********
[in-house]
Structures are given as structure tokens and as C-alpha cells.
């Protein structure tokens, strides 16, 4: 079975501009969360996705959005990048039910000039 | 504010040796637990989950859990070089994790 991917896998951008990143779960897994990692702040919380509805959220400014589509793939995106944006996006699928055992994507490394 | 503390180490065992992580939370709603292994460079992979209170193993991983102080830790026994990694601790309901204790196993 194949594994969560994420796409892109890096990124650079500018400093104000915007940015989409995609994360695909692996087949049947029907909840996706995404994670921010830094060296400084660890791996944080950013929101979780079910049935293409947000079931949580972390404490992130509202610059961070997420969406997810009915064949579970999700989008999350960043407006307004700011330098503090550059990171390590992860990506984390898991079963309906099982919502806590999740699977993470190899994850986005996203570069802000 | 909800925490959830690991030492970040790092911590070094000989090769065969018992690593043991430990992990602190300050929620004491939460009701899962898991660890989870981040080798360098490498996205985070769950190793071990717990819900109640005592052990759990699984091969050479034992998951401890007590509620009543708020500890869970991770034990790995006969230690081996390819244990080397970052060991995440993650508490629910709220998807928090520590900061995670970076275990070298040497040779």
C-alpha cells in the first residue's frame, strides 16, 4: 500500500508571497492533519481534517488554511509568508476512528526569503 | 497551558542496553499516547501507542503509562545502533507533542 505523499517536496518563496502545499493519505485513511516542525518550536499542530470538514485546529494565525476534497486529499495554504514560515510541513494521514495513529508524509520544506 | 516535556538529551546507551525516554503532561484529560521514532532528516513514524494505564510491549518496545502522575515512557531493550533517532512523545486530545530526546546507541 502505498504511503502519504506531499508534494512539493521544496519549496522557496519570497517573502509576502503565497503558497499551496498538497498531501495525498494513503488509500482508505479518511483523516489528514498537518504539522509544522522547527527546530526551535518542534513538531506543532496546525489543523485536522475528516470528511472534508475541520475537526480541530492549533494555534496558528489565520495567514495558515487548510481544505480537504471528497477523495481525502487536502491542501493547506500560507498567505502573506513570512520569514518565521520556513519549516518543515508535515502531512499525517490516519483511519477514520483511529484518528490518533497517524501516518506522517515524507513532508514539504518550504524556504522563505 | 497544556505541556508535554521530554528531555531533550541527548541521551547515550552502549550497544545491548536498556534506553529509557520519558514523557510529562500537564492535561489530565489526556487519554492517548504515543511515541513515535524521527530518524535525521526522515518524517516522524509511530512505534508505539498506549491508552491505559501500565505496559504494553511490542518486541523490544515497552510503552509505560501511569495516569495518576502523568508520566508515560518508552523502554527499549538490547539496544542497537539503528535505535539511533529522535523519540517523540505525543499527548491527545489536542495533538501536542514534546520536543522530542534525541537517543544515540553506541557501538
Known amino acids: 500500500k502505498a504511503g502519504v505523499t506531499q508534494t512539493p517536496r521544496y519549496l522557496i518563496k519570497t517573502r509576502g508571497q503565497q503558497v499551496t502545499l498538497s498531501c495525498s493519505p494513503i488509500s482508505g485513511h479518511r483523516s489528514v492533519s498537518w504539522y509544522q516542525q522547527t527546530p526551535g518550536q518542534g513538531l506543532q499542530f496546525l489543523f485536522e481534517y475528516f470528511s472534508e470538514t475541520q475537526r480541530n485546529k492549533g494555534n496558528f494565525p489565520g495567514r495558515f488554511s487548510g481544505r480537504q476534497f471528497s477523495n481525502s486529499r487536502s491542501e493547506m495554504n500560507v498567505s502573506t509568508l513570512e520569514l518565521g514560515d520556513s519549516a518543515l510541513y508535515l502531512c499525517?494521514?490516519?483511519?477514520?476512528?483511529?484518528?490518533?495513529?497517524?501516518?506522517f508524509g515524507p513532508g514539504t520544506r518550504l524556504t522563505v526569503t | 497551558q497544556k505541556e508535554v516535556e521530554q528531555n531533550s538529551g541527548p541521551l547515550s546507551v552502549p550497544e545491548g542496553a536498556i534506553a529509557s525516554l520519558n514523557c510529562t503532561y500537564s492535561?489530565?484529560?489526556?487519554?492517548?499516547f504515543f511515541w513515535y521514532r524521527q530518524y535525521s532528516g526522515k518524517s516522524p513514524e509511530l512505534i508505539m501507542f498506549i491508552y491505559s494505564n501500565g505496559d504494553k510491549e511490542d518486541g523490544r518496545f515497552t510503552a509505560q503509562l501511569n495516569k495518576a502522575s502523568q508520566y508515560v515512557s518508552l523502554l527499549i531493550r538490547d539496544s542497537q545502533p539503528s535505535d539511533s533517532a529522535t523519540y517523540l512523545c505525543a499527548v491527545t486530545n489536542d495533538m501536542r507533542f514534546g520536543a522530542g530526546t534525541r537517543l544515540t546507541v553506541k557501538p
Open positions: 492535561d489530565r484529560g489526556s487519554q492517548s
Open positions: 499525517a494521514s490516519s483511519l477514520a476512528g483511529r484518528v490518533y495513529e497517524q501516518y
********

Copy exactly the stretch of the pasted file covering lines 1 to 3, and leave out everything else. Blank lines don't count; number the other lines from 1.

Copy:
[in-house]
Structures are given as structure tokens and as C-alpha cells.
């Protein structure tokens, strides 16, 4: 079975501009969360996705959005990048039910000039 | 504010040796637990989950859990070089994790 991917896998951008990143779960897994990692702040919380509805959220400014589509793939995106944006996006699928055992994507490394 | 503390180490065992992580939370709603292994460079992979209170193993991983102080830790026994990694601790309901204790196993 194949594994969560994420796409892109890096990124650079500018400093104000915007940015989409995609994360695909692996087949049947029907909840996706995404994670921010830094060296400084660890791996944080950013929101979780079910049935293409947000079931949580972390404490992130509202610059961070997420969406997810009915064949579970999700989008999350960043407006307004700011330098503090550059990171390590992860990506984390898991079963309906099982919502806590999740699977993470190899994850986005996203570069802000 | 909800925490959830690991030492970040790092911590070094000989090769065969018992690593043991430990992990602190300050929620004491939460009701899962898991660890989870981040080798360098490498996205985070769950190793071990717990819900109640005592052990759990699984091969050479034992998951401890007590509620009543708020500890869970991770034990790995006969230690081996390819244990080397970052060991995440993650508490629910709220998807928090520590900061995670970076275990070298040497040779």